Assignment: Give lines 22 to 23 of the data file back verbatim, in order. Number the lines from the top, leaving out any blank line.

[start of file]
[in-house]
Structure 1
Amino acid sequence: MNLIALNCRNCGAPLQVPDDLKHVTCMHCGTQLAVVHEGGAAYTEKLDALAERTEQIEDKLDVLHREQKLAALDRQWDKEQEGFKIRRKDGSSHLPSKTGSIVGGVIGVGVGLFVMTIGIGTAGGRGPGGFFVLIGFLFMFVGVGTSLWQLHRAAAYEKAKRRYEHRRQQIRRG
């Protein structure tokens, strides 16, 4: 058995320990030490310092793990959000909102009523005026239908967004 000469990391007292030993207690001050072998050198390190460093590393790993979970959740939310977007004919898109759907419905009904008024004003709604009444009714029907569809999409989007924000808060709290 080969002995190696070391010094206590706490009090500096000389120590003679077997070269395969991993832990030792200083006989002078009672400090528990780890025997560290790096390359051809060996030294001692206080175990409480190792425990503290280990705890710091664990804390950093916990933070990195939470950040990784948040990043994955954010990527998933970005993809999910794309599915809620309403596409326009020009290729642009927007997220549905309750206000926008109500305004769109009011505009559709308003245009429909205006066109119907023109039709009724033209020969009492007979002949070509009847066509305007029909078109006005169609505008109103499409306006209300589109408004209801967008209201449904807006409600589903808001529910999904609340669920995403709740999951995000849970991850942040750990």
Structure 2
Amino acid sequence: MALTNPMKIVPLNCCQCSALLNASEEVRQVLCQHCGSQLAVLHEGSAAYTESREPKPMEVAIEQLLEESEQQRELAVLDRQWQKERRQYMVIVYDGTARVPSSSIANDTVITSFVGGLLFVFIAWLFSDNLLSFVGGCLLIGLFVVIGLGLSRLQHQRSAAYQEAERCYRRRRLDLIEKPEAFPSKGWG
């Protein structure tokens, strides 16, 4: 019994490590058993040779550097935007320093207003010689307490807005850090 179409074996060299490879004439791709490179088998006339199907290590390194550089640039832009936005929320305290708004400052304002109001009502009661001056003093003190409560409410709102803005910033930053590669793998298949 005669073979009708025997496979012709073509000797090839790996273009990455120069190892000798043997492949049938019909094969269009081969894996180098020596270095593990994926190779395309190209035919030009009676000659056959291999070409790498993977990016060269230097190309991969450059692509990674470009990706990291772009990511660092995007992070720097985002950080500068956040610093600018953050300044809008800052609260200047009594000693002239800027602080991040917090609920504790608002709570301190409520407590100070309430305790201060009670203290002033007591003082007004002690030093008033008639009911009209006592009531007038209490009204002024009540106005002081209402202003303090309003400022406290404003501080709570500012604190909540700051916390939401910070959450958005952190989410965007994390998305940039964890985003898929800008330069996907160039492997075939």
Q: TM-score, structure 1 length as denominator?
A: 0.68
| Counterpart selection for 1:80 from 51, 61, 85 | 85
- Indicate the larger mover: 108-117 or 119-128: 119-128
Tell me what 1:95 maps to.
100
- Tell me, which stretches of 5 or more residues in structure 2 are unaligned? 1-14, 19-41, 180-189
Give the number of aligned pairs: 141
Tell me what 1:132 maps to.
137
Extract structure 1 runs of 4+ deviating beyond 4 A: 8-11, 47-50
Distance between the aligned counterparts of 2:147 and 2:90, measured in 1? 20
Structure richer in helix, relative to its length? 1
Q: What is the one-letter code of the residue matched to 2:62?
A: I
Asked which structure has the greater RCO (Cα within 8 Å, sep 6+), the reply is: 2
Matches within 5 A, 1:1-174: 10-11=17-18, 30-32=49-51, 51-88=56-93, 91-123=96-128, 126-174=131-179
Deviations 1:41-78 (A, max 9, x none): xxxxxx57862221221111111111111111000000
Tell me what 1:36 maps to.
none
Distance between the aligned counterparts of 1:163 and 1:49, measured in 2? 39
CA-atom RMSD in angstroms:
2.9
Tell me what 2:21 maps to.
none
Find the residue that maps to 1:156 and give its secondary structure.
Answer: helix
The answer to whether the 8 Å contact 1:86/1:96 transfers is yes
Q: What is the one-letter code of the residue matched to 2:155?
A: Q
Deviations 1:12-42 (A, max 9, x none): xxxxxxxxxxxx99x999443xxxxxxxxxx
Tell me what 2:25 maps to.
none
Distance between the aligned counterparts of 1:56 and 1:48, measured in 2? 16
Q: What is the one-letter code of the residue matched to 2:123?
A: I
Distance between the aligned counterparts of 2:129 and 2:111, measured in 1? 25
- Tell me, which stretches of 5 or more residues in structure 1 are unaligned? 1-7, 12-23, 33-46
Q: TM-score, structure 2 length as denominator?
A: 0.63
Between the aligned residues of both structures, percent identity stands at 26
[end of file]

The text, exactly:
A: I
Asked which structure has the greater RCO (Cα within 8 Å, sep 6+), the reply is: 2